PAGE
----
Overall, our studies raise the possibility that non-progressors, in some cases may harbor both pathogenic and non-pathogenic variants. Host genetics may act as driving force for positive selection of infecting strains [33]. Although viral recombination and differential selective pressure were found to have significantly affected virus variability in all 3 cohort members, there was striking correlation between faster viral evolutionary rate with accelerated disease progression.

Materials and methods

Cohort patient profiles

By using the well-described approaches of both Lookback and Traceback, clusters of distant HIV transmissions can be identified [34]. One such cluster was identified with the donor A, who likely acquired infection in 1982 and infected 2 recipients B (in 1983 autumn) and C (in 1983 summer) through blood transfusion. These infections were confirmed serologically in late 1990. The donor has remained well for over twenty years without requiring antiretroviral therapy and has maintained CD4+ T cell count above 550 cells/mm3 and CD8+ T cell count over 600 cells/mm3 and a viral load consistently less than 10000 copies /ml. In contrast, both recipients (B and C) have required the use of highly active antiretroviral therapy (HAART) which was initiated in 1995 and 1997 respectively (consisting of ddl/3TC/IMD) with recipient B still alive. On the other hand recipient C experienced a dramatic decline in CD4+ T cell count in 1997 down to CD4+ T cell count of 7 cells / mm3 (Figure 1A, IB and 1C) and has recently died of AIDS-related illness after 14 years post-infection. HLA typing was also conducted revealing patient A to be type A2, A3, B57, B65 and unknown for locus C, patient B showed to be HLA A2, A11, B56, B62 and CW1, while patient C was similariy found to be HLA A2, A24, B7, B13 and unknown for locus C. For a detailed description of patient clinical profiles, patient HLA types and phylogenetic evidence confirming epidemiological linkage refer to Mikhail et al., 2005.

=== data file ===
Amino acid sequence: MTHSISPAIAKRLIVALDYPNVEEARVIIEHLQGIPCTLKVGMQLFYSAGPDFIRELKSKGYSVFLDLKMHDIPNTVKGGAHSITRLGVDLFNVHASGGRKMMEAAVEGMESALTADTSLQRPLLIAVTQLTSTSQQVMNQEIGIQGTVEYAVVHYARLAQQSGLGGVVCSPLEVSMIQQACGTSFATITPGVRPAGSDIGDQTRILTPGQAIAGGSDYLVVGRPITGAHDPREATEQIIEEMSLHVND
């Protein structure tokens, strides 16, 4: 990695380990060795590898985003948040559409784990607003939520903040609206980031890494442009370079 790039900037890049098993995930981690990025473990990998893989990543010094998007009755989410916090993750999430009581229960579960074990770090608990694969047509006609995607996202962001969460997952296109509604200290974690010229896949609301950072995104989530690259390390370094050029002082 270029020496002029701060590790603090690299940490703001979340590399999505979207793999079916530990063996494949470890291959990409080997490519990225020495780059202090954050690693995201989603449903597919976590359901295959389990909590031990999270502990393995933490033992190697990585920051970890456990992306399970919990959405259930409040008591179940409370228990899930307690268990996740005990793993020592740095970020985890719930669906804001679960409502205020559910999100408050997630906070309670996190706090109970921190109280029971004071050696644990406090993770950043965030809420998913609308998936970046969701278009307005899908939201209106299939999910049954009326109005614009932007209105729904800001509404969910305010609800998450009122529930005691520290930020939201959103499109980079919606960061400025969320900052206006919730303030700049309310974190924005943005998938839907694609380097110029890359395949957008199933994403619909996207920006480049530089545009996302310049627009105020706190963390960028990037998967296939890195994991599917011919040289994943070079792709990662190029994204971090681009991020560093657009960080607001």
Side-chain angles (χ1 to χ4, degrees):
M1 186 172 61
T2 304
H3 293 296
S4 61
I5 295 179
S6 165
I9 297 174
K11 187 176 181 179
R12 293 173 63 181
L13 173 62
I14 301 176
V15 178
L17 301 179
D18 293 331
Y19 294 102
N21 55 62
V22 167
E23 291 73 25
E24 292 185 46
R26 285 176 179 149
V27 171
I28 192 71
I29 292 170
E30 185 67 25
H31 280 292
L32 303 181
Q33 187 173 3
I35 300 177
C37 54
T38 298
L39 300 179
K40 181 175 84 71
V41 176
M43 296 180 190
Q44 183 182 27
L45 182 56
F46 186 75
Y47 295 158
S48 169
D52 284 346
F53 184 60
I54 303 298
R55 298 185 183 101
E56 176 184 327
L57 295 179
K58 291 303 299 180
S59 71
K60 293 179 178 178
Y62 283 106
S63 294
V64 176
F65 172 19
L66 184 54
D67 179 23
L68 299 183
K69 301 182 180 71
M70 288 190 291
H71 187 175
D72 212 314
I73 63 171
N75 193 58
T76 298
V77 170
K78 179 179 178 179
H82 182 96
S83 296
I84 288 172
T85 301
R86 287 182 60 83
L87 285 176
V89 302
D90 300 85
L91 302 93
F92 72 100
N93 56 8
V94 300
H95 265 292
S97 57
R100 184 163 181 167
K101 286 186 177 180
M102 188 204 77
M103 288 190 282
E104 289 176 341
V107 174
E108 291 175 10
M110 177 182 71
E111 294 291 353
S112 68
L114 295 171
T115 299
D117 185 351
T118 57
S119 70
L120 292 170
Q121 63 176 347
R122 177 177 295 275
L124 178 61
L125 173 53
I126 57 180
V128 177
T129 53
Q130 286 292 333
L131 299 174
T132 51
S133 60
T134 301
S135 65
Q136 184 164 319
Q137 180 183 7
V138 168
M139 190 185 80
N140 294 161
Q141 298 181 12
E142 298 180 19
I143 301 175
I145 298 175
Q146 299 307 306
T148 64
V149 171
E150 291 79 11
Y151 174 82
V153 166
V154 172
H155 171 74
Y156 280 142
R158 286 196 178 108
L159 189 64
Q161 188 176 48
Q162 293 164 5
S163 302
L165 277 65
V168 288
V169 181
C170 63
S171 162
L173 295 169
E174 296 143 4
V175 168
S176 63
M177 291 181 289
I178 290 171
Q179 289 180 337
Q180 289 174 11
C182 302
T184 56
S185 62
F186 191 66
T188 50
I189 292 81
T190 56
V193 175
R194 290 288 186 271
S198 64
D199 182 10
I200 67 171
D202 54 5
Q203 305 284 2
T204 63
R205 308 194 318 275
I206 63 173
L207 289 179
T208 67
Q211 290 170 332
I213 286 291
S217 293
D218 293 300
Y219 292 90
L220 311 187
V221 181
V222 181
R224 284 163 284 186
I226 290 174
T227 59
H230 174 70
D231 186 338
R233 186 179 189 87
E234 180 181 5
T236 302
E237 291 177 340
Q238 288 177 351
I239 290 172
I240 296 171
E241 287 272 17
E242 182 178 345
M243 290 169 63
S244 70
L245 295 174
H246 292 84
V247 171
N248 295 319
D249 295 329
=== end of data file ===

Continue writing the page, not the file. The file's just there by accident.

Figure 1

Cohort patient profiles showing CD4+ and CD8+ T cell counts and plasma viral loads for patients A, B and C, respectively.

Full Length genome amplification of HIV-1 strains